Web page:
While Mike Nichols’ celeb-packed staging of “The Seagull” looks to move from Central Park to the Lyceum Theater in autumn, another starry production of a Chekhov classic will not be making its expected transatlantic transfer to Broadway this season.
Manny Kladitis, executive producer at Tony Randall’s National Actors Theater, confirmed that “The Cherry Orchard,” starring Vanessa Redgrave and directed by Trevor Nunn at London’s Royal National Theater, won’t play Gotham.
Kladitis attempted to bring the production here under Actors’ Equity unit-company rule. The thesp union, however, has rejected his proposal to put “The Cherry Orchard” in repertory with Neil Bartlett’s stage adaptation of “De Profundis” by Oscar Wilde.
Under the unit-company rule, a legit org must offer at least two of its productions in repertory with an equal number of performances of each show. Kladitis proposed six perfs a week of “The Cherry Orchard” and two perfs of “De Profundis,” a two-person play that was to have featured Vanessa Redgrave and her brother, Corin Redgrave, last seen on Broadway in Tennessee Williams’ “Not About Nightingales.” Equity rejected the 6-2 split despite an offer from Kladitis that the Brit production would hire an extra American stage manager and four American understudies. The thesp union covers stage managers as well as actors.
“No good deed goes unpunished,” said Alan Eisenberg, exec director of Actors’ Equity. “Tony Randall has provided much employment to American actors through his theater company, but we felt (this concession) would be cited against us in future negotiations.” He also said the proposed engagement of the Chekhov came at a “sticky time. In the spring there will be a great crunch for Broadway theaters and it seems a realistic possibility that it would take employment away from American actors who could otherwise use that theater.”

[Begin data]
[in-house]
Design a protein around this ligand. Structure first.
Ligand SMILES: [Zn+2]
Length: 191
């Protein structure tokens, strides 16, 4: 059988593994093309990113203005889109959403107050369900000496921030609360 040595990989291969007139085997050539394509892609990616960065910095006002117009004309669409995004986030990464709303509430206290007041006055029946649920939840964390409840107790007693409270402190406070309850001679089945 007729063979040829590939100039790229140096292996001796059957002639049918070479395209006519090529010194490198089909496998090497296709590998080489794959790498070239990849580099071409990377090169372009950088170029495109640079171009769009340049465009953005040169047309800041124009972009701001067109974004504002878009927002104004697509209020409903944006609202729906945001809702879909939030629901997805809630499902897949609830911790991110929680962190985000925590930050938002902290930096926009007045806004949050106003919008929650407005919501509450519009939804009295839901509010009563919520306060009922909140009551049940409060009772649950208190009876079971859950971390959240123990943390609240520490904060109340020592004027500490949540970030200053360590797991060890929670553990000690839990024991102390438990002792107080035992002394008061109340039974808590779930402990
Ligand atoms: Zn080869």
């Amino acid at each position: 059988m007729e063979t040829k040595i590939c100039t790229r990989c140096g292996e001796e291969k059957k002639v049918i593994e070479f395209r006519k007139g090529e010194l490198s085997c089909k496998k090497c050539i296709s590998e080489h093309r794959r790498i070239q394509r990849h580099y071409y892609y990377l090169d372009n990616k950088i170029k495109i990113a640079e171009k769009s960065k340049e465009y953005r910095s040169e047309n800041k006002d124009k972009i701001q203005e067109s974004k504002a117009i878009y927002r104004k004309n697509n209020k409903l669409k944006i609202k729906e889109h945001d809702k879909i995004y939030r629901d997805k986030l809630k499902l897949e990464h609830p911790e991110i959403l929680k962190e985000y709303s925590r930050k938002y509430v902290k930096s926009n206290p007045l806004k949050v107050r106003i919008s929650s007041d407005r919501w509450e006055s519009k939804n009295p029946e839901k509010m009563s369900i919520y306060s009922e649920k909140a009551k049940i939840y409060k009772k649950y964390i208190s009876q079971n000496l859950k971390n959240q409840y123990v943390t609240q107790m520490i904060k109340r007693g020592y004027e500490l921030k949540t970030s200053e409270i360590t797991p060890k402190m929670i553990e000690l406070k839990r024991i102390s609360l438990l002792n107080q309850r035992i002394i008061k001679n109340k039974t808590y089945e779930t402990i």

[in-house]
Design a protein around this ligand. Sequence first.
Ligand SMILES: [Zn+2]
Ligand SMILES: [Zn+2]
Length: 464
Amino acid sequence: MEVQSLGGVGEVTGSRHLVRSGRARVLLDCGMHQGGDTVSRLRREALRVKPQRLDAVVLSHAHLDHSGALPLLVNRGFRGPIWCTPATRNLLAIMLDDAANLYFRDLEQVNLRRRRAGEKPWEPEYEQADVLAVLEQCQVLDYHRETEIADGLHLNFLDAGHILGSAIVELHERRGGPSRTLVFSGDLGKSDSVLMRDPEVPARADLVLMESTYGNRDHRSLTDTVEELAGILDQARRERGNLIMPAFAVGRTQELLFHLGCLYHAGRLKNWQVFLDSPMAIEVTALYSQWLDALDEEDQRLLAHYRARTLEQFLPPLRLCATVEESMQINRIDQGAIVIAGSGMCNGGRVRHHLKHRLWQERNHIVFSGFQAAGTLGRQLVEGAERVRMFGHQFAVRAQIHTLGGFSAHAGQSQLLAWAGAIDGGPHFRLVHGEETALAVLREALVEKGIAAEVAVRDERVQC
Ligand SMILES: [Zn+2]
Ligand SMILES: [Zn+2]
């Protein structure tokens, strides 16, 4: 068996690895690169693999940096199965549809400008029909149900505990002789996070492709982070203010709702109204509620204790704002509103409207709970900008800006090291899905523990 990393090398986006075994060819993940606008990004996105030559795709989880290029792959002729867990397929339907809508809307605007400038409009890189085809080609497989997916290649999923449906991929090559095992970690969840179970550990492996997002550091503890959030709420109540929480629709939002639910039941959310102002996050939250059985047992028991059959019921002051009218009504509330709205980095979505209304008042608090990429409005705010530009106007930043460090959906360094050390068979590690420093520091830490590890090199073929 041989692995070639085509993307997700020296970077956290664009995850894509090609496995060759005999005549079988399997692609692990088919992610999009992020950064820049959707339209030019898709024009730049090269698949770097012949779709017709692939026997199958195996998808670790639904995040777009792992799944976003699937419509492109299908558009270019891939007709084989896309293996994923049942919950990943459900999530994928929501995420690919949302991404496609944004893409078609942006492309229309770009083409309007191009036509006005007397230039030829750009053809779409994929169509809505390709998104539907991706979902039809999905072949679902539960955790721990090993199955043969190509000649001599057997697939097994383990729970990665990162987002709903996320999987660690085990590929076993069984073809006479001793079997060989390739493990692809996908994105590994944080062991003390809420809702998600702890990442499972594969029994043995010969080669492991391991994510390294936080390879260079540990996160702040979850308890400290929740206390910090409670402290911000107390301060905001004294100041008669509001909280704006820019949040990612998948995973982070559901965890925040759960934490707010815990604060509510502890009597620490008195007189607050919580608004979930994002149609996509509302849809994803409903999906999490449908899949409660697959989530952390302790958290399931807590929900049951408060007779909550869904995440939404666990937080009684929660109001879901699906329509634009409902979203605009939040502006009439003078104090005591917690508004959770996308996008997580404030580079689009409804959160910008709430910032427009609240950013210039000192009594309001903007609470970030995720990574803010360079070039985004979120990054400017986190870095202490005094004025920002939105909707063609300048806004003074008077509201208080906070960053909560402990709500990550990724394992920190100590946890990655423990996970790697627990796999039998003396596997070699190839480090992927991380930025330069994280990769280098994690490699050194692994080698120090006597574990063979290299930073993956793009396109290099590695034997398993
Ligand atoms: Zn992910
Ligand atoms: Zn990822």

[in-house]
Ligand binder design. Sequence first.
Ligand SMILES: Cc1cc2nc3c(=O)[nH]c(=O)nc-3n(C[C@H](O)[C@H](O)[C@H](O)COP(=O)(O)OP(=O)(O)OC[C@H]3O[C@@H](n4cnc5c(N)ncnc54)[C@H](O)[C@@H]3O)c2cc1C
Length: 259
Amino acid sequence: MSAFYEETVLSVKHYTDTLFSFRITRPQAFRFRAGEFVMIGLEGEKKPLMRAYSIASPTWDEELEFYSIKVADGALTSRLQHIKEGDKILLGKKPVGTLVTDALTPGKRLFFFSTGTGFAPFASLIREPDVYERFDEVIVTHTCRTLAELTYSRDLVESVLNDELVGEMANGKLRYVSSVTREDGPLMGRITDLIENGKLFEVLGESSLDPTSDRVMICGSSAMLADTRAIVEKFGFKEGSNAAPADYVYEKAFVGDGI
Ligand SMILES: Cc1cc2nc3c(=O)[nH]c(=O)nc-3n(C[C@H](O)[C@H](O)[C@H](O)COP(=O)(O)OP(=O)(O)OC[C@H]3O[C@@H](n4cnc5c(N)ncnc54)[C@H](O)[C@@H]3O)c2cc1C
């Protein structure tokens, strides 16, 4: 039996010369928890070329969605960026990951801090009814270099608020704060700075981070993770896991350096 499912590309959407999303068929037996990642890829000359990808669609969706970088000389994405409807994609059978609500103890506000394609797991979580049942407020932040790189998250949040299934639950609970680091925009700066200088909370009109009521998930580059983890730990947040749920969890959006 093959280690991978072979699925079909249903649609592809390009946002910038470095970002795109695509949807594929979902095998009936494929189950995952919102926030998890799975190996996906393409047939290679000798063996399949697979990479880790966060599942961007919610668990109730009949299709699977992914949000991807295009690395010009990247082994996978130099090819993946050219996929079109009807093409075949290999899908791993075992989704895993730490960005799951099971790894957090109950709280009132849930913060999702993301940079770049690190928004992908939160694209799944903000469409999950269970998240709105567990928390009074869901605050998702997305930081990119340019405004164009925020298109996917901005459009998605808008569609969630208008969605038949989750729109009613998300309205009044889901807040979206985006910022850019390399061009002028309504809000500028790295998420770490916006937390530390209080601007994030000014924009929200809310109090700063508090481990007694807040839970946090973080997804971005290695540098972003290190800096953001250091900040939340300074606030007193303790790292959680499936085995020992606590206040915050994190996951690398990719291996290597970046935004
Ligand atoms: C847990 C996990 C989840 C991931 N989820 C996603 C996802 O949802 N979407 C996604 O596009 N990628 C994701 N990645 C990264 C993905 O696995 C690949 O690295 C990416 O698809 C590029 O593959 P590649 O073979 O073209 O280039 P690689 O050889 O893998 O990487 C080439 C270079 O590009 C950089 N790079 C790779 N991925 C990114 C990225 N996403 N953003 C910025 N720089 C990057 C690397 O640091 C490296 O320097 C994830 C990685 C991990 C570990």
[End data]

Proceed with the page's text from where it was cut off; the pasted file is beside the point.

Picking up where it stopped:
Last spring, attempts were made to bring the RNT’s “Cherry Orchard” to the United States under Equity’s exchange program with British Equity, which requires that an equal number of American actors be employed on the U.K. stage for English thesps hired here. (Exceptions are made for star actors such as Vanessa Redgrave.) Those negotiations also failed.
According to Equity, there are currently two and a half times as many jobs due American actors working in Britain as Brits appearing here.
Pickets on the road
Equity also is showing its muscle on the road. On Wednesday, the union announced its boycott of the upcoming national tour of “The Music Man,” to open in October in Des Moines, Iowa, with other cities to follow. Equity is planning protests at various venues along the tour route and the union has called on AFL-CIO affiliates and other labor organizations to participate, with the Screen Actors Guild and the American Federation of Television & Radio Artists reportedly already on board.
In a written statement, Eisenberg said the tour’s producers, Big League Theatricals, had rejected the union’s offers of a contract and will produce the show with non-union actors.
The practice is not unusual for musicals that have an extended track-record on the road but is considered rare, if not unprecedented, for a major Broadway show just out of the gate.